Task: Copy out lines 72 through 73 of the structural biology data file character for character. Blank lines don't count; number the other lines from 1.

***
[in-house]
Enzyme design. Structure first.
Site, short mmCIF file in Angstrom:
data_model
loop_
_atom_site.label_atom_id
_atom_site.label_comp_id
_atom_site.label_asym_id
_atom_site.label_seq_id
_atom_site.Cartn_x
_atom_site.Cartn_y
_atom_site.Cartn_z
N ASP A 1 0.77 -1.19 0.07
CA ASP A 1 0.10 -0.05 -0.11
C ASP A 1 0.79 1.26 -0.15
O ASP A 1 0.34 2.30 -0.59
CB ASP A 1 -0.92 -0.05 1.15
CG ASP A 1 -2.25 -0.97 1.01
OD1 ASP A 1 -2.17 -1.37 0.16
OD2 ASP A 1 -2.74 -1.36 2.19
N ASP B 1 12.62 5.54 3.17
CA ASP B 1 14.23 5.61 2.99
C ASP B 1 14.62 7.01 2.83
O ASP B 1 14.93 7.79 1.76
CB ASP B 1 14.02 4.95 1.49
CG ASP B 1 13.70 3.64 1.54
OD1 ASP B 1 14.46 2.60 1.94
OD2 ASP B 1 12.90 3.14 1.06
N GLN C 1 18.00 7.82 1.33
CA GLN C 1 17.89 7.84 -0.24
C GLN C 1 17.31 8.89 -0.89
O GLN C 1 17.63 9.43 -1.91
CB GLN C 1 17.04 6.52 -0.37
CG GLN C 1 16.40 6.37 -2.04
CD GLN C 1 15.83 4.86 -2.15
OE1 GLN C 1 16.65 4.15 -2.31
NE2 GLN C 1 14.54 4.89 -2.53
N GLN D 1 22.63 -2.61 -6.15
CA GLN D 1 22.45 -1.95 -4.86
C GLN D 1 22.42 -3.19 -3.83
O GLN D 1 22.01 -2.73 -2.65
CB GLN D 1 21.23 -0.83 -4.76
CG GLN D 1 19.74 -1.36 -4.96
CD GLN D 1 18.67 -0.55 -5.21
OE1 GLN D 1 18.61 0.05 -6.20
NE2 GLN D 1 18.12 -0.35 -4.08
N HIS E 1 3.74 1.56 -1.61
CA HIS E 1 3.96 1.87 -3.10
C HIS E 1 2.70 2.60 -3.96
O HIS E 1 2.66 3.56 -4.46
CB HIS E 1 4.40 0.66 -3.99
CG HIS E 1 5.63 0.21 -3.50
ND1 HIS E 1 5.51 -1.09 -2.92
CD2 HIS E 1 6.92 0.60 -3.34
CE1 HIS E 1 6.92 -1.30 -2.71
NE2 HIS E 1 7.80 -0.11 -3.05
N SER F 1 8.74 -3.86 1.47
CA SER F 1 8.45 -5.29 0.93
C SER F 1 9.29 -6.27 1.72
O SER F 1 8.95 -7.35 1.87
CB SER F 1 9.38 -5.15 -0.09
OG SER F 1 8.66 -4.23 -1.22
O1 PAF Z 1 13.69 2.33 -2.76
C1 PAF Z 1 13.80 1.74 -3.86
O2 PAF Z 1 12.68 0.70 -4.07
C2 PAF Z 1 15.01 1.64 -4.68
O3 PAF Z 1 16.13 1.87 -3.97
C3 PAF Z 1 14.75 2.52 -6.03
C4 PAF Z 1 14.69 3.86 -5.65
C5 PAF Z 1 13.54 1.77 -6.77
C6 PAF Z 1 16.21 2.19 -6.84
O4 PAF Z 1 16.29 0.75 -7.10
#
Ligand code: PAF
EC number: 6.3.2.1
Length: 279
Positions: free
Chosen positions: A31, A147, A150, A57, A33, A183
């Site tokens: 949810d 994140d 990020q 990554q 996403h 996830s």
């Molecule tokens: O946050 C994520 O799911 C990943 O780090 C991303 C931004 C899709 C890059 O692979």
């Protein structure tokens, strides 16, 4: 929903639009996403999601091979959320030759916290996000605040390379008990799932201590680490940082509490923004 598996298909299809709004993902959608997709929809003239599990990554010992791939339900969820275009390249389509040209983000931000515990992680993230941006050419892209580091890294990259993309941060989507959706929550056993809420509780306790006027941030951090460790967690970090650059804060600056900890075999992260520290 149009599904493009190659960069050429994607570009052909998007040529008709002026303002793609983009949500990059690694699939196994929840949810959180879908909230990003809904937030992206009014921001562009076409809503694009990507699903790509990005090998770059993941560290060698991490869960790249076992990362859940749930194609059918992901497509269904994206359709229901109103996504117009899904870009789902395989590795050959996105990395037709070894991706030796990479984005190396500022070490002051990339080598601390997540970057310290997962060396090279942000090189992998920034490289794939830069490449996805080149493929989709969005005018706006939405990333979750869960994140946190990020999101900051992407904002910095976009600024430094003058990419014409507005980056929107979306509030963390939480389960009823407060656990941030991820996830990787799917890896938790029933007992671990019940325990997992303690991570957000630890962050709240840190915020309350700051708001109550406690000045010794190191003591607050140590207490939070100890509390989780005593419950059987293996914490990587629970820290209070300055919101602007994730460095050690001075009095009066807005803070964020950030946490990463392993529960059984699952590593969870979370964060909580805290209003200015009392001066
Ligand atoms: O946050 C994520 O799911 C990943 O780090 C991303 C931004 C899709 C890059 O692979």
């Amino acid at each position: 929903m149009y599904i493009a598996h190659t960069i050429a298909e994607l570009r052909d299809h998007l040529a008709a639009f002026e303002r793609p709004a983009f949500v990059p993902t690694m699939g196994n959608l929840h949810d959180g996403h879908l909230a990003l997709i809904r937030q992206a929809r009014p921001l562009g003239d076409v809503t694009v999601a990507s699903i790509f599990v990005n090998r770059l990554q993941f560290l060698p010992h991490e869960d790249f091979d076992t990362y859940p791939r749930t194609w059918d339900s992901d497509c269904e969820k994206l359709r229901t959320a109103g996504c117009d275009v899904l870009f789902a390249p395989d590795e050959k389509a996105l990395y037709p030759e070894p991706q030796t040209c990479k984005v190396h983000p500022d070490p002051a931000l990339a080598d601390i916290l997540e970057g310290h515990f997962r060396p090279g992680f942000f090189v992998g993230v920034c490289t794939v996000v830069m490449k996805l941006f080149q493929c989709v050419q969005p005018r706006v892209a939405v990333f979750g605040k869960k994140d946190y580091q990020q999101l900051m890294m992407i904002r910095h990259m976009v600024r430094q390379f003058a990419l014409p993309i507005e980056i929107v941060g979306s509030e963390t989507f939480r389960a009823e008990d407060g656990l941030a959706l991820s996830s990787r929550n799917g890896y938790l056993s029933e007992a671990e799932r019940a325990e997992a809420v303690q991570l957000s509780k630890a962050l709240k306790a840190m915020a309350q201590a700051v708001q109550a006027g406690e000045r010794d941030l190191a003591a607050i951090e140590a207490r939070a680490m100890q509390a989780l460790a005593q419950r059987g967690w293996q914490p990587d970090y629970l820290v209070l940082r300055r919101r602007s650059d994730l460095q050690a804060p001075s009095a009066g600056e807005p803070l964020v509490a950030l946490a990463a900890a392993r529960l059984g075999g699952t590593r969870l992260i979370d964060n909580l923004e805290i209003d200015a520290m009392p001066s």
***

O4 PAF Z 1 16.29 0.75 -7.10
#